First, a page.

Indeed, the problems associated with fatherlessness are many: “When fatherless children get to be teens, the girls tend to start looking for love in all the wrong places and the boys tend to find as their role model the bad-boy celebrities of MTV, NFL and NBA. As they grow older, fatherless children tend to have trouble dealing with male authority figures. Too often children in single-mother households end up angry at their absent fathers and resentful of the mother who has had to be a father figure, too. Typically, the boys who have a love-hate relationship with their mother end up hating all women. Numerous of them look for vulnerable women where they can act out their anger and be in control.”

When high profile figures like this purposefully eschew fathers, they are being a poor role model for others. “Mary Cheney’s action sets an example that is detrimental for mothers with less financial resources who will start down an irrevocable path into poverty that tends to be generational – children in households without a father tend to themselves have unwed births later in life. Experts from both the left and the right cite a disastrous litany of negative outcomes that are predictable when a child grows up in a fatherless family. Such children tend to get involved in drugs, alcohol abuse, and delinquency; they tend to drop out of school and have teen pregnancies. An assistant principal in a Junior High School said that many of the behavioral problems that teachers face in the classroom stem from households without a father’s influence.”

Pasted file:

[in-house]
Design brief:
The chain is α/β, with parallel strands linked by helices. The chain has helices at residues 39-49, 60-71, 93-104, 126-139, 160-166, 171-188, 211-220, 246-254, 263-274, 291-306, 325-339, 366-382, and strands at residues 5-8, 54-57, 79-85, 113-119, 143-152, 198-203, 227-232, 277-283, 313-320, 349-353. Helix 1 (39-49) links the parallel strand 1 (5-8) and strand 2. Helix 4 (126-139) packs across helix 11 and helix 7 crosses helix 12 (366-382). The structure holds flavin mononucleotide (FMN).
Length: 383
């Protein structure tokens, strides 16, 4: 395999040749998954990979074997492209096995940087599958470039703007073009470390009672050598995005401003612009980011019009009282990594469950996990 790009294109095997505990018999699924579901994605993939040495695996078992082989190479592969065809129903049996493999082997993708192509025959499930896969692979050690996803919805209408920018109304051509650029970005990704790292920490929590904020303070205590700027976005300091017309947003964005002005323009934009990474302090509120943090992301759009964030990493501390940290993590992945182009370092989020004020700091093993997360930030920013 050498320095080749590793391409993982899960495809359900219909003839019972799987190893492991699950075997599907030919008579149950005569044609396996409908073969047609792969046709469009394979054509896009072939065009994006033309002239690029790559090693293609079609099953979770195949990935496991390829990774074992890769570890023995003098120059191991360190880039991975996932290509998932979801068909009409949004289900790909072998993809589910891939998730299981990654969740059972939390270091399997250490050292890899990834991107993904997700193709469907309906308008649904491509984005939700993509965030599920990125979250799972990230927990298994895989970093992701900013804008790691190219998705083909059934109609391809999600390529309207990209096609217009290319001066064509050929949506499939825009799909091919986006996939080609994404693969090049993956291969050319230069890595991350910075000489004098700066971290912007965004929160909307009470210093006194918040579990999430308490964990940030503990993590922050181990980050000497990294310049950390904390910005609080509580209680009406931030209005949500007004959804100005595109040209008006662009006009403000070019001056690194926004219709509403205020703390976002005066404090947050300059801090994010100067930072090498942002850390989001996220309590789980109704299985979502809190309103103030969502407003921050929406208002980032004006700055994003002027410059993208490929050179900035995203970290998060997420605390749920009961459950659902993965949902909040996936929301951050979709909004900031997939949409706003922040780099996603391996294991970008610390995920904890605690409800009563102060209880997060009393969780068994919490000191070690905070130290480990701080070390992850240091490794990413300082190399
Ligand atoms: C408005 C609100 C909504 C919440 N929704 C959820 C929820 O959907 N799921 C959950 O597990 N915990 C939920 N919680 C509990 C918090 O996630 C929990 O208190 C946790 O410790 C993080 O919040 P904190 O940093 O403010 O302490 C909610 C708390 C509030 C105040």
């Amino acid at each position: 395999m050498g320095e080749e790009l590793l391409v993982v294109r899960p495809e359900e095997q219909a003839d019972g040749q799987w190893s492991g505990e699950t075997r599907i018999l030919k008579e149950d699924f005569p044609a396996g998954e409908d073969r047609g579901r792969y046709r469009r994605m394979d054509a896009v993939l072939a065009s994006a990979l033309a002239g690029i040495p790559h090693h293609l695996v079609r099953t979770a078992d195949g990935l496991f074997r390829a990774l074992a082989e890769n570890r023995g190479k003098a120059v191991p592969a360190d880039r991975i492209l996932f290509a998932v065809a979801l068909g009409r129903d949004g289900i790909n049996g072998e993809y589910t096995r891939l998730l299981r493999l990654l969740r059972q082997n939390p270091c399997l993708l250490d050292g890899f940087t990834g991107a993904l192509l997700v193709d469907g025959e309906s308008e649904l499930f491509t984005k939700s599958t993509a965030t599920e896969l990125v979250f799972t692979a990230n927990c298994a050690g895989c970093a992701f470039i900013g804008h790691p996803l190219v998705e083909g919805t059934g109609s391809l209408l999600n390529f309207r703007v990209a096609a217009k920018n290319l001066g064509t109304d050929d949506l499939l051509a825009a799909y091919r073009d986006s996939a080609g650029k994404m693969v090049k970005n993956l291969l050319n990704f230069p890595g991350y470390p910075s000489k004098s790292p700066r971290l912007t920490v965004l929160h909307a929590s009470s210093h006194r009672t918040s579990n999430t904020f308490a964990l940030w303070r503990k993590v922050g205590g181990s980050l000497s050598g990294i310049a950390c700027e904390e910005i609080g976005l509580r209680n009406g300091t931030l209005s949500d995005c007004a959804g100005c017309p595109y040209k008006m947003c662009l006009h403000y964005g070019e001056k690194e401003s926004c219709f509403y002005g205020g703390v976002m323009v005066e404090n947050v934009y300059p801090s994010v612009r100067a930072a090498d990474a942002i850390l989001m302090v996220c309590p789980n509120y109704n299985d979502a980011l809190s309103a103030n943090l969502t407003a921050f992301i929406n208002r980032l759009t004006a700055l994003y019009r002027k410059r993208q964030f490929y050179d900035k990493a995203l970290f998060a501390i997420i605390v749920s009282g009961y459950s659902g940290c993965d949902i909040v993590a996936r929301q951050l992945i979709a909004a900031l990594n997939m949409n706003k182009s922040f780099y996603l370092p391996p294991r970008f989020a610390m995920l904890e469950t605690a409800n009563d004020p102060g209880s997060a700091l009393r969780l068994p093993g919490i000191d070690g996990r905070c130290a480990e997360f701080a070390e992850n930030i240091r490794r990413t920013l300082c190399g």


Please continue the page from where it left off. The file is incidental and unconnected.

Indeed, the anecdotal evidence backs up over thirty years of social science research: children raised without a father are seriously deprived and short-changed. They enter life disadvantaged and have to work hard to overcome such obstacles. This is a real case of child neglect.

Crouse concludes: “All those people who talk about doing what is best ‘for our children’ need to get back to the basics: children need a married mom and dad. Children can do without a lot of the trimmings of childhood, but nothing can replace a home where the mother and dad love each other enough to commit for a lifetime and are absolutely crazy about their kids – enough to be willing to sacrifice their own needs to see that their children get the very best.”

Fathers are an indispensable part of any child’s life. Sure, there have been some bad dads, but exceptions do not make the rule. What every child needs, and what every child is entitled to, is to be raised in a home with his or her own biological mother and father, preferably cemented by marriage. No other household structure provides such a safe, secure and nurturing environment for a child. The social data backs this up overwhelmingly. It is a pity so many people put adult wants ahead of the very real needs and interests of the child.

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2 Replies to “Child Neglect and Fatherless Households”

  1. I was just thinking today before I read this article how absurd it is that our Australian Federal government has made it’s ‘baby bonus’ cash payment available to all women: married, single, and defacto. And people say that we have a ‘conservative’ government in Canberra! Truly they don’t know the meaning of the word.

    Ewan McDonald, Victoria

  2. My three sisters and myself were raised solely by our mother. Though she did the best job she could do, I whole-heartedly agree with your argument on the best environment for raising a child. I am now 22 and the amount of emotional baggage I have had to deal with is astounding.

    Keep fighting for this issue Bill, it is certainly of grave importance.

    Many thanks,

    Rachel Gleeson, Victoria